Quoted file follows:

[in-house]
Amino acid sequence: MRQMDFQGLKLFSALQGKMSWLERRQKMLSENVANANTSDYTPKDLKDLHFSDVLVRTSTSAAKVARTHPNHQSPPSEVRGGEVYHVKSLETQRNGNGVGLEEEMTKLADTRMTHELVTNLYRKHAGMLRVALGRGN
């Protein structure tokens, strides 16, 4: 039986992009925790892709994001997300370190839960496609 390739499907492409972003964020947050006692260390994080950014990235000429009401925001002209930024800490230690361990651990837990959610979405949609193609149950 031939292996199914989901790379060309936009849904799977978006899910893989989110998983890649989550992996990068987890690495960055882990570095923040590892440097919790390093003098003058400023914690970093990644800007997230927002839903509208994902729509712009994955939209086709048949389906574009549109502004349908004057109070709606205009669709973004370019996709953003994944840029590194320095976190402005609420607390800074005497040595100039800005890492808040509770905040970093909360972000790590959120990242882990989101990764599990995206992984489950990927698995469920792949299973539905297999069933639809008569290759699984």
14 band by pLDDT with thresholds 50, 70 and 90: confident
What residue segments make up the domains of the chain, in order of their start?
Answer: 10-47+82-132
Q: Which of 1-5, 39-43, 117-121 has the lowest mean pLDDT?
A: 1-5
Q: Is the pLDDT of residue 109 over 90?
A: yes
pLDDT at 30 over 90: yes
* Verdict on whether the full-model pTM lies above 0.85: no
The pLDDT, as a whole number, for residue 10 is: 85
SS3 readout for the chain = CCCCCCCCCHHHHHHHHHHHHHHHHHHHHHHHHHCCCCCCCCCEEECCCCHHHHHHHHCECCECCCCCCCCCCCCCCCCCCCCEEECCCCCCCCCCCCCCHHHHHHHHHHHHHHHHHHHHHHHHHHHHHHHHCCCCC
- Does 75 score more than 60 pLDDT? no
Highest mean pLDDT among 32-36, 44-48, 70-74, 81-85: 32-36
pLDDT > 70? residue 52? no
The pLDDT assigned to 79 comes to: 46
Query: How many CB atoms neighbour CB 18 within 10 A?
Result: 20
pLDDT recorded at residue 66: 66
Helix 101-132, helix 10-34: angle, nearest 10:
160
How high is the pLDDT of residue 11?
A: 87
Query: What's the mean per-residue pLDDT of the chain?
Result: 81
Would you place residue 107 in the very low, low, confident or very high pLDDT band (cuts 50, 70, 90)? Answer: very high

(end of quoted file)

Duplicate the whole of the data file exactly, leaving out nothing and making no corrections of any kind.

[in-house]
Amino acid sequence: MRQMDFQGLKLFSALQGKMSWLERRQKMLSENVANANTSDYTPKDLKDLHFSDVLVRTSTSAAKVARTHPNHQSPPSEVRGGEVYHVKSLETQRNGNGVGLEEEMTKLADTRMTHELVTNLYRKHAGMLRVALGRGN
């Protein structure tokens, strides 16, 4: 039986992009925790892709994001997300370190839960496609 390739499907492409972003964020947050006692260390994080950014990235000429009401925001002209930024800490230690361990651990837990959610979405949609193609149950 031939292996199914989901790379060309936009849904799977978006899910893989989110998983890649989550992996990068987890690495960055882990570095923040590892440097919790390093003098003058400023914690970093990644800007997230927002839903509208994902729509712009994955939209086709048949389906574009549109502004349908004057109070709606205009669709973004370019996709953003994944840029590194320095976190402005609420607390800074005497040595100039800005890492808040509770905040970093909360972000790590959120990242882990989101990764599990995206992984489950990927698995469920792949299973539905297999069933639809008569290759699984």
14 band by pLDDT with thresholds 50, 70 and 90: confident
What residue segments make up the domains of the chain, in order of their start?
Answer: 10-47+82-132
Q: Which of 1-5, 39-43, 117-121 has the lowest mean pLDDT?
A: 1-5
Q: Is the pLDDT of residue 109 over 90?
A: yes
pLDDT at 30 over 90: yes
* Verdict on whether the full-model pTM lies above 0.85: no
The pLDDT, as a whole number, for residue 10 is: 85
SS3 readout for the chain = CCCCCCCCCHHHHHHHHHHHHHHHHHHHHHHHHHCCCCCCCCCEEECCCCHHHHHHHHCECCECCCCCCCCCCCCCCCCCCCCEEECCCCCCCCCCCCCCHHHHHHHHHHHHHHHHHHHHHHHHHHHHHHHHCCCCC
- Does 75 score more than 60 pLDDT? no
Highest mean pLDDT among 32-36, 44-48, 70-74, 81-85: 32-36
pLDDT > 70? residue 52? no
The pLDDT assigned to 79 comes to: 46
Query: How many CB atoms neighbour CB 18 within 10 A?
Result: 20
pLDDT recorded at residue 66: 66
Helix 101-132, helix 10-34: angle, nearest 10:
160
How high is the pLDDT of residue 11?
A: 87
Query: What's the mean per-residue pLDDT of the chain?
Result: 81
Would you place residue 107 in the very low, low, confident or very high pLDDT band (cuts 50, 70, 90)? Answer: very high